Miriam O’Callaghan, who was joint MC for the awards ceremony along with RTÉ Prime Time colleague David McCullagh, announced the special award for Ted Crosbie, pointing out that he had done as much as any other “to enhance Cork’s reputation and to ensure that it makes headlines day by day, and year by year”.
She said the Cork Examiner/Irish Examiner had survived the Famine, First World War, the War of Independence, Civil War, the Great Depression of 1930, de Valera’s Economic War, the Second World War, and a number of recessions.
“He has been a dominant force in his company and in the civil life of Cork and Munster for decades, during which he has been a relentless pioneer for innovation and a force for constructive change, achieved through consultation and mutual agreement,” Ms O’Callaghan said.
Mr McCullagh noted: “This does not mean he is a soft touch. Anyone who has been in a negotiation with this man will know the meaning of the words ‘hard bargain’.”
Even now, in his late 80s, he can be found every day walking the editorial floor of the newspaper, talking to reporters and news editors, sharing story ideas with a twinkling good humour and always supporting the freedom of the press.
“He is, as has been said in the past few weeks, a journalist’s dream proprietor,” Mr McCullagh said.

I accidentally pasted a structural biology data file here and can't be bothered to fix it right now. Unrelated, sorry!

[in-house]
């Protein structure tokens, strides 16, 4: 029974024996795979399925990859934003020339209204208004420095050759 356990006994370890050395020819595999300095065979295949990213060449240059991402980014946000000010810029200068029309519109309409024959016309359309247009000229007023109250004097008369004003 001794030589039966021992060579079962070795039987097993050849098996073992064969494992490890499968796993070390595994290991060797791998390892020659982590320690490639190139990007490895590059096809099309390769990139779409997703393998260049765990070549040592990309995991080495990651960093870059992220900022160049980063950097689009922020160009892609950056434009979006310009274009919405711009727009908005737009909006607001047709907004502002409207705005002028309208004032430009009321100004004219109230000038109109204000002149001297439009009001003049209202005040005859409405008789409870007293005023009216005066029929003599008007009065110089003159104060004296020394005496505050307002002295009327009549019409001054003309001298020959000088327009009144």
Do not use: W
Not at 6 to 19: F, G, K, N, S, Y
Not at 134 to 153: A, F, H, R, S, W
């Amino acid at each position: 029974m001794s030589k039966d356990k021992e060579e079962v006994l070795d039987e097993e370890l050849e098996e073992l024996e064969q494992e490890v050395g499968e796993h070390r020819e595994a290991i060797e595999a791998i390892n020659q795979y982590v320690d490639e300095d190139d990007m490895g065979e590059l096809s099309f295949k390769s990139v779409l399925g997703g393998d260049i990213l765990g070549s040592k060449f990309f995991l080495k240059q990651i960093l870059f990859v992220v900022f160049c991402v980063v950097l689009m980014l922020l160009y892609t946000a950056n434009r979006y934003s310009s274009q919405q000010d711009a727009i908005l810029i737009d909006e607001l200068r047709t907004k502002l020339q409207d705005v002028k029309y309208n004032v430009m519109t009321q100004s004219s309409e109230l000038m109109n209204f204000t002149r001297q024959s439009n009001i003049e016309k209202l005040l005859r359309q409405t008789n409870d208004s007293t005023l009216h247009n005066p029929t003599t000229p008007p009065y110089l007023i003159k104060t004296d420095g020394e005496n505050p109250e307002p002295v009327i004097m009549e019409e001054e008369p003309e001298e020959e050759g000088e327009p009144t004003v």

Both MCs said that the principal shareholder of Landmark Media and a former chief executive and director of what was known for many years as Thomas Crosbie Holdings was richly deserving of the award.
Mr Crosbie has been a stalwart supporter of the Cork Person of the Year Awards and Ms O’Callaghan added that he had lent his name to a host of charities and good causes locally.
“He is a civic leader who has demonstrated a deep and abiding interest in his local community and its heritage,” she said.
“A proud Corkonian, educated in CBC and UCC, he is a great family man and is here today with his daughters Elizabeth and Sophie, his sons Tom, Andrew, and Edward, and his sister Ruth.”
Both congratulated Mr Crosbie on his formidable achievements in a lifetime of service. Mr Cosbie thanked everyone concerned for giving him the honour, and spent some time regaling the audience with stories of the newspaper’s past, sprinkling his speech with witticisms.
Earlier, his son Tom Crosbie, Landmark Media chairman, had spoken about the sale of the Evening Echo, Irish Examiner, and other titles to the Irish Times.
“We’re delighted and relieved that the future is secured by the sale to the Irish Times.,” said Tom Crosbie. “But we’re saddened that the family connection will come to an end in the next few months, subject to regulatory approval.”